Poker is a card game in which players place bets on their own or other players’ hands. It’s a social game where you can make friends and share laughs while having fun. All you need is a table (preferably a round one) and cards. Some people play poker as a hobby while others take it seriously as a career.

Before the game begins, the players purchase a certain number of chips, which are used to indicate bet amounts. Usually, a white chip is worth the minimum ante or bet; a red chip is worth five whites; and a blue chip is worth 20 or 25 whites.

Each player places their chips into a “pot.” When someone else raises, you can either call their bet or fold your hand. If you fold, you’ll forfeit that round and your opponents will move on to the next person in turn.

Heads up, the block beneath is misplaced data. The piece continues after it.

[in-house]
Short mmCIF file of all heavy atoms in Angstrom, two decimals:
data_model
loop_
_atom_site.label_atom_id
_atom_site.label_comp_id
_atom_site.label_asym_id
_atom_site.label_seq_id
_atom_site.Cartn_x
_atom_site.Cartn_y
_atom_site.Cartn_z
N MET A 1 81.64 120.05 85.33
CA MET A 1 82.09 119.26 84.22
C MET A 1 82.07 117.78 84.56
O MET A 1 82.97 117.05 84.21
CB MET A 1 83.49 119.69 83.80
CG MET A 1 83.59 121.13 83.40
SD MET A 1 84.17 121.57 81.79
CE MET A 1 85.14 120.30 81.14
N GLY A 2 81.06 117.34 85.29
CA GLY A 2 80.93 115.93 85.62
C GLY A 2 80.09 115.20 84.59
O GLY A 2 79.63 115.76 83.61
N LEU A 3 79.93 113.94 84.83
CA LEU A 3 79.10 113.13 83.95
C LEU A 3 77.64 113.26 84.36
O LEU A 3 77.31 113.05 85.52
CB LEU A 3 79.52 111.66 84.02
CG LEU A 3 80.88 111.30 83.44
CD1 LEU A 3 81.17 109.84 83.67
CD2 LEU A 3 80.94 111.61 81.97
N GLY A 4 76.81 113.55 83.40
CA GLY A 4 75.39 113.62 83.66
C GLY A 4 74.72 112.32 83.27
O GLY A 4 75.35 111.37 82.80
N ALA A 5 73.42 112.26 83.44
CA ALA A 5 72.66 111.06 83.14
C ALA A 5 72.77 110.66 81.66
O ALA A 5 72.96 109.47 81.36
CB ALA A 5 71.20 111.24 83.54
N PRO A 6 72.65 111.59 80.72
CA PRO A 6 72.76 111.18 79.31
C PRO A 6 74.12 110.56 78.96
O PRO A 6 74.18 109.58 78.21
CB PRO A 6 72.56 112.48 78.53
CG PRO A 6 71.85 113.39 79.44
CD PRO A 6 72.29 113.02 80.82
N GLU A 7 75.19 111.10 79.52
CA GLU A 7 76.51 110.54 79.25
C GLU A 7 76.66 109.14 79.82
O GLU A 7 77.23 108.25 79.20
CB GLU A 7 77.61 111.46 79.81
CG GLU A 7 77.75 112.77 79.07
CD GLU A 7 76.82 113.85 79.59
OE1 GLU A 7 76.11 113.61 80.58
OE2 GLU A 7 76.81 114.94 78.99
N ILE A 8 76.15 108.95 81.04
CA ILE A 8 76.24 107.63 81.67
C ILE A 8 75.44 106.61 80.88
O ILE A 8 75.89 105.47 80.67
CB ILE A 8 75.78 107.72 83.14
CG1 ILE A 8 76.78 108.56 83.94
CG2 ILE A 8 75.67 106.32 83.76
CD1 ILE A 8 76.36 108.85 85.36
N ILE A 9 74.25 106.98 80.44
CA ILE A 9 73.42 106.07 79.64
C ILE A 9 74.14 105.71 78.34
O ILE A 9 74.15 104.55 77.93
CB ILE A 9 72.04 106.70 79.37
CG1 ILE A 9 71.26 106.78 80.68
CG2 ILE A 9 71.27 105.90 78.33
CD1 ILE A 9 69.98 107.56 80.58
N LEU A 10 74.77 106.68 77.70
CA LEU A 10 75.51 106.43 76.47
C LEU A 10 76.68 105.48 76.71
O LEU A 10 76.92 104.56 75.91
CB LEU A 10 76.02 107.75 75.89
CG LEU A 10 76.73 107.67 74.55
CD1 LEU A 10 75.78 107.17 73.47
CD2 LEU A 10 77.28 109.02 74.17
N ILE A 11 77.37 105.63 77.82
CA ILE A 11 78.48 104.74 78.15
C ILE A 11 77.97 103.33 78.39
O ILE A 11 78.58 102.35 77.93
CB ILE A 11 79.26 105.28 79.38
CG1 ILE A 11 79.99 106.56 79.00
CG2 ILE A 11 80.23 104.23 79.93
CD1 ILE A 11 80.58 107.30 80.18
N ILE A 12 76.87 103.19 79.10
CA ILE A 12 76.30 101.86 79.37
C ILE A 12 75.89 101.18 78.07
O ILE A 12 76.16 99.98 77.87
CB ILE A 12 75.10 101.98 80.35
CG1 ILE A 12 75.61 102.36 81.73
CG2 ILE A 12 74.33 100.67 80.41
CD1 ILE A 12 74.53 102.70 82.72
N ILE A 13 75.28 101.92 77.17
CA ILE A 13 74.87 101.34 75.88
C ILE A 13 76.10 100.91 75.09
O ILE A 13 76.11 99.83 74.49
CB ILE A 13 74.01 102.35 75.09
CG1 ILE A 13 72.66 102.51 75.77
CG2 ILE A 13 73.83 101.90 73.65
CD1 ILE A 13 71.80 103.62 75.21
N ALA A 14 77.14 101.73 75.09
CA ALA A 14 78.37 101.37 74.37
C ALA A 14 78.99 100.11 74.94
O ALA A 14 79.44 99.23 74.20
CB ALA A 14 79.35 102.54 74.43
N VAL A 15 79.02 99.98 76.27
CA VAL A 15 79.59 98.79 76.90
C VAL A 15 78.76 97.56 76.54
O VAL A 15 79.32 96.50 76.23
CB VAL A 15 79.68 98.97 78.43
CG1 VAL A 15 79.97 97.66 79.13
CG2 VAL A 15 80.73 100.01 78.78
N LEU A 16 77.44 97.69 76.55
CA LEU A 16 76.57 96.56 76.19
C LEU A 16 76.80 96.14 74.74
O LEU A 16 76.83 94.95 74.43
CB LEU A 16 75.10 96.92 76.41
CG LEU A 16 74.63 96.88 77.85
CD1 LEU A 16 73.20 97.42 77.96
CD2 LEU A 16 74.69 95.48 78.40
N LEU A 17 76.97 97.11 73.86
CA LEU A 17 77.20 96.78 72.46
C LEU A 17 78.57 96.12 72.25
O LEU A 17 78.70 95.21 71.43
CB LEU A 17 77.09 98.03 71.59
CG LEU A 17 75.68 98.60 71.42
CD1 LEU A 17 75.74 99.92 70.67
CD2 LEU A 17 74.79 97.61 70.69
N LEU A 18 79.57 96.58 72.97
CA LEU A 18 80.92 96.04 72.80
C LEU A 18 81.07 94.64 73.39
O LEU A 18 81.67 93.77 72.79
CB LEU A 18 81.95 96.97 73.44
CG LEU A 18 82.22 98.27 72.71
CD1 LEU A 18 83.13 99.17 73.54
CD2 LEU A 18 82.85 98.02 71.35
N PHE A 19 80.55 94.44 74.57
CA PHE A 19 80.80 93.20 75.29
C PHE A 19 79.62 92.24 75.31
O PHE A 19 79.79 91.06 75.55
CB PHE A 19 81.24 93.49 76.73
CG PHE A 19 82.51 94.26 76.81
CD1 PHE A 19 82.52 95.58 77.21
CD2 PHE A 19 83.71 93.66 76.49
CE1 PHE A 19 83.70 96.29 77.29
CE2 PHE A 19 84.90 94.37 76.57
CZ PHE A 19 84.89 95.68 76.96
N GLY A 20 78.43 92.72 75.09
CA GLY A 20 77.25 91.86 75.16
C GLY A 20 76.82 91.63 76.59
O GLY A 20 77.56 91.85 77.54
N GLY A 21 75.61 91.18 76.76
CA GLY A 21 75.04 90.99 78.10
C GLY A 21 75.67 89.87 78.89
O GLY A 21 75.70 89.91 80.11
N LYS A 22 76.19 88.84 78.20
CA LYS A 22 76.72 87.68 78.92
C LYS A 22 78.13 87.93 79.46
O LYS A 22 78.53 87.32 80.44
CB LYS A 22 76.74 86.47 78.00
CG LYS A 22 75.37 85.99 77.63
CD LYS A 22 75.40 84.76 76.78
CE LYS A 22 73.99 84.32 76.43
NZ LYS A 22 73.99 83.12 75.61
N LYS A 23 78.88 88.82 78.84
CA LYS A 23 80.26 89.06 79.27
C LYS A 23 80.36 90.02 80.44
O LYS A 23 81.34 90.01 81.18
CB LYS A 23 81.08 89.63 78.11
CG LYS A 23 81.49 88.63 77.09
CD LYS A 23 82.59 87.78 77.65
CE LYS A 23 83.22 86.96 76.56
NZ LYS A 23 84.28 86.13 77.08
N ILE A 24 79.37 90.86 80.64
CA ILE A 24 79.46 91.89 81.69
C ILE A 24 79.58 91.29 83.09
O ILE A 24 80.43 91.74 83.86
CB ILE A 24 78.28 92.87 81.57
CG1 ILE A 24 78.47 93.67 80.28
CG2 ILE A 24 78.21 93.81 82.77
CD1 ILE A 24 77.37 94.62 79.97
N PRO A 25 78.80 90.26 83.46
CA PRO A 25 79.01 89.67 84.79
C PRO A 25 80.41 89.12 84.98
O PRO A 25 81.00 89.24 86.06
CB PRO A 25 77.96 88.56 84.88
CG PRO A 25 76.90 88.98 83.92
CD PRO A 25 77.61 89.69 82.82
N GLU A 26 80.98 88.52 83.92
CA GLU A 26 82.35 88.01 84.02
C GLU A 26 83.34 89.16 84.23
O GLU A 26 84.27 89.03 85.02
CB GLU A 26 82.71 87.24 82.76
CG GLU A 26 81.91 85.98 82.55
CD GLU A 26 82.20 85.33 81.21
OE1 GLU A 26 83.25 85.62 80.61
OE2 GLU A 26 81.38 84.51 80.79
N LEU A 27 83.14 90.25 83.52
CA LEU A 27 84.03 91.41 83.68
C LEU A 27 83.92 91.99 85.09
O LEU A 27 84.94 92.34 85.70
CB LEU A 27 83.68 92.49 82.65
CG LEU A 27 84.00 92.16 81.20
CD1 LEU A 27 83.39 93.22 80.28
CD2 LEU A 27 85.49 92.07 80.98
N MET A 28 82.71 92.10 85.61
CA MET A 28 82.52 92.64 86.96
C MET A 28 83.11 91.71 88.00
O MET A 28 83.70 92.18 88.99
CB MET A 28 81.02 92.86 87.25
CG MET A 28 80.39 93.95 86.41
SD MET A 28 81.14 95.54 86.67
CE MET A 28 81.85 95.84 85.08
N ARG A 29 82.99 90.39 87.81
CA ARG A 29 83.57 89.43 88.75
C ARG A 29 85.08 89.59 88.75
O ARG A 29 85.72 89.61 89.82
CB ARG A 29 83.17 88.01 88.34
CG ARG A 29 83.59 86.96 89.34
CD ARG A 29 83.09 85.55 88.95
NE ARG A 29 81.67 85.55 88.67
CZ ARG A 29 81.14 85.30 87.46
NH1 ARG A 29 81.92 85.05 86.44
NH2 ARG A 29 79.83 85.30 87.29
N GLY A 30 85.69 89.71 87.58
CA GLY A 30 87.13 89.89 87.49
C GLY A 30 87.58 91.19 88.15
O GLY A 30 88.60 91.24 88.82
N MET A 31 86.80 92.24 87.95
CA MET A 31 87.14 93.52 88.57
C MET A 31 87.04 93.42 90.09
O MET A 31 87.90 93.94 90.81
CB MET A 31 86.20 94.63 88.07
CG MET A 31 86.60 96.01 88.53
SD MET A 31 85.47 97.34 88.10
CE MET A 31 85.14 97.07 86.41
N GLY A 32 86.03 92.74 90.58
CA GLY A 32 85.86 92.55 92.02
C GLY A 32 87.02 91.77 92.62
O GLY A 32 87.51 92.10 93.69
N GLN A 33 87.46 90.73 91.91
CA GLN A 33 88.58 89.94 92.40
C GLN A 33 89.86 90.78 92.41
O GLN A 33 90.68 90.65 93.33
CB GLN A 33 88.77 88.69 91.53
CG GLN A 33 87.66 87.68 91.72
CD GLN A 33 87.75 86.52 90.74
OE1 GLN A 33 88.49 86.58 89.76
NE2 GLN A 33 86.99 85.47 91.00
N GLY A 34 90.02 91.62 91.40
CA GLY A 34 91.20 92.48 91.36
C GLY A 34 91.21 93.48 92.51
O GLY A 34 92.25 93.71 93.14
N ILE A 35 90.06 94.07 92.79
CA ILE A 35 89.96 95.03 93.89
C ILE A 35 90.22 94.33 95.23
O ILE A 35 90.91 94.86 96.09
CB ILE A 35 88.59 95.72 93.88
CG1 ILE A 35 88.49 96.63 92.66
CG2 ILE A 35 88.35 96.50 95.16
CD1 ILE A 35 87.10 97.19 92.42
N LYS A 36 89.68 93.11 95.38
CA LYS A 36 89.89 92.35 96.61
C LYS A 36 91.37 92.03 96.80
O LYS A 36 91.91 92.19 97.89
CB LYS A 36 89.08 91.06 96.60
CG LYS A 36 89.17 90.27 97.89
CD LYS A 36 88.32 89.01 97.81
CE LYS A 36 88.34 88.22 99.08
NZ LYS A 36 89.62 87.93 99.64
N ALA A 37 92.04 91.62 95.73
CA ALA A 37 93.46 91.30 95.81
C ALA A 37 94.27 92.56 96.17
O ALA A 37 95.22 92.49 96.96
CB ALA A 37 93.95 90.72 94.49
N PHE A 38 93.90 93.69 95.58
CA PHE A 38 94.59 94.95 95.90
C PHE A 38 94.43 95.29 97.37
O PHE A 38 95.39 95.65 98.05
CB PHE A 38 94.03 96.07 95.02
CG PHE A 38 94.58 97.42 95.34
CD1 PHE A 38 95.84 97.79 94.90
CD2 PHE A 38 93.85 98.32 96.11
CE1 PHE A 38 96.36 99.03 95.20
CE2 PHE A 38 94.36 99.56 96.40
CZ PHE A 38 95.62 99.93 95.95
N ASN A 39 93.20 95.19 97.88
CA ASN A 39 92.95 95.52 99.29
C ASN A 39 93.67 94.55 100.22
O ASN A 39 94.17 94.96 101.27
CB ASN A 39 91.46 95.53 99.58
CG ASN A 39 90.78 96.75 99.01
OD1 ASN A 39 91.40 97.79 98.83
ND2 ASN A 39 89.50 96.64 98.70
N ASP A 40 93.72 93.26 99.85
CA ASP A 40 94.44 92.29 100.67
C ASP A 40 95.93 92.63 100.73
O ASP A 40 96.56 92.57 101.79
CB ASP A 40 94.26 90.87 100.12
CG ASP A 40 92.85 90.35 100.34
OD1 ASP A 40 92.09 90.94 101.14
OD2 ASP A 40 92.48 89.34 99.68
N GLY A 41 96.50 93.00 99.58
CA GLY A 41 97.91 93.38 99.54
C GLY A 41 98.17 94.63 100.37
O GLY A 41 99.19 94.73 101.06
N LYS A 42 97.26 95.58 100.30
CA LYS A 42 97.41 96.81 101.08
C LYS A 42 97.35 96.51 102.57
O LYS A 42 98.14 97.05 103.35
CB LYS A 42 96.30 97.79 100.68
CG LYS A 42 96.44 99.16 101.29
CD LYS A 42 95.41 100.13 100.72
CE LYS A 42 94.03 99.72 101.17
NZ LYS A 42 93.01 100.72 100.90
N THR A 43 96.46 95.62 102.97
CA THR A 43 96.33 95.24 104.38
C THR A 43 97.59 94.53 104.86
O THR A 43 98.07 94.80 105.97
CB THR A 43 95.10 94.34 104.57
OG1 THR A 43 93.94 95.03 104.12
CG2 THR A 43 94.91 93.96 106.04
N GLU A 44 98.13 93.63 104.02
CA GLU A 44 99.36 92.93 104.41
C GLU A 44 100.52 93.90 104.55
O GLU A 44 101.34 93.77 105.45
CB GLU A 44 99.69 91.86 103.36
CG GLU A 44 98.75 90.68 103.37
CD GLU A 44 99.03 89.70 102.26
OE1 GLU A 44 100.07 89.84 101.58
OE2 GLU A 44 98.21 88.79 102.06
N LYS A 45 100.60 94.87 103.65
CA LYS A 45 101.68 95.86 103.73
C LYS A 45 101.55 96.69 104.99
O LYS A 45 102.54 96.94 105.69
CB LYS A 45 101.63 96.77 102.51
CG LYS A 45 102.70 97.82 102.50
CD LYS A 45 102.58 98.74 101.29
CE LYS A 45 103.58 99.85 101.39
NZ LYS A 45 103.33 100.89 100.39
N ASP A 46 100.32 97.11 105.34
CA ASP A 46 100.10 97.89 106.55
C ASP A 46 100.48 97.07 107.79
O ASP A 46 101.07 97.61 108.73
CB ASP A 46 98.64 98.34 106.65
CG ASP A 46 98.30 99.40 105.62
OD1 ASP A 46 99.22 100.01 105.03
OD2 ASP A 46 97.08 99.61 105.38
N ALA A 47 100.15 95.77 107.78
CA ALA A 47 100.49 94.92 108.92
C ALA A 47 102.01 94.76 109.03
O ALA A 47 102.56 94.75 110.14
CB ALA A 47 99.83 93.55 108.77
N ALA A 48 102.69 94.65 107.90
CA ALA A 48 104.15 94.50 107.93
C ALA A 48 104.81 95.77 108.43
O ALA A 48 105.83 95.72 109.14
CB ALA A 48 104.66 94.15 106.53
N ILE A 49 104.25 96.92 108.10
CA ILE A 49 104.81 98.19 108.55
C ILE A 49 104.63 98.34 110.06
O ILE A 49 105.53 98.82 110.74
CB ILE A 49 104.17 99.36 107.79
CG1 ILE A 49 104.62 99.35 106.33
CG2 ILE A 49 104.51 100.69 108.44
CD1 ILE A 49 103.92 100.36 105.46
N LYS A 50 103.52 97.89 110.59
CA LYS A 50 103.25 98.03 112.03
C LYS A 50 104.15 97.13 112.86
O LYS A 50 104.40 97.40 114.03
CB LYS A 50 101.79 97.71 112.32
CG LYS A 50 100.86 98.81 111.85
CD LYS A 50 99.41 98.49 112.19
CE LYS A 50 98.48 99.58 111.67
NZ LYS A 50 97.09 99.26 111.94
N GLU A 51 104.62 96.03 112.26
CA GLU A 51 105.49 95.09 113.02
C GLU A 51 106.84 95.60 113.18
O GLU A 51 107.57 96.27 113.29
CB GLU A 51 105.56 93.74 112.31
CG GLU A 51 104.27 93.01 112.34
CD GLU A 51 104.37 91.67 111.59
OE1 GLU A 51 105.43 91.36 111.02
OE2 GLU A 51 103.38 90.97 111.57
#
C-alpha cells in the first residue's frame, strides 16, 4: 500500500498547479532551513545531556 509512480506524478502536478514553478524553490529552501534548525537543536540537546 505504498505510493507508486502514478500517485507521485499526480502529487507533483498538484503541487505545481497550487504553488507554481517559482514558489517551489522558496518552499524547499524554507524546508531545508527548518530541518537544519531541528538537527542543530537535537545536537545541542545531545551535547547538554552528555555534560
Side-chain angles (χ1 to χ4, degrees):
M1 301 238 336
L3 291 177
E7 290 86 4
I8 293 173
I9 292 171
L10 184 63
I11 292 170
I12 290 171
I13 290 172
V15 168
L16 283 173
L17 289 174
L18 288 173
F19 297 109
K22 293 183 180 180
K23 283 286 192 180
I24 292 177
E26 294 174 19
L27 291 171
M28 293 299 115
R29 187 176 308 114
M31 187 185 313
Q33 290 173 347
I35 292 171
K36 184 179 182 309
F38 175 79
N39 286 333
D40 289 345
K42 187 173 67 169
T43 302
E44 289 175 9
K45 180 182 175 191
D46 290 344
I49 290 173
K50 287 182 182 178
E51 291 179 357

If you don’t want to risk your entire bankroll, start off with a low-stakes game and gradually increase your stakes as you gain experience. This allows you to play against weaker opponents and learn the rules of the game. Plus, it makes sense to do this because your skill level will increase every time you move up the stakes.

Learn the rules of poker and spend time studying hand rankings, basic rules, and positions. This will help you make more informed decisions, as well as understand what the other players are doing. Also, try to observe experienced players and imagine how you’d react in their situation. This will help you develop quick instincts.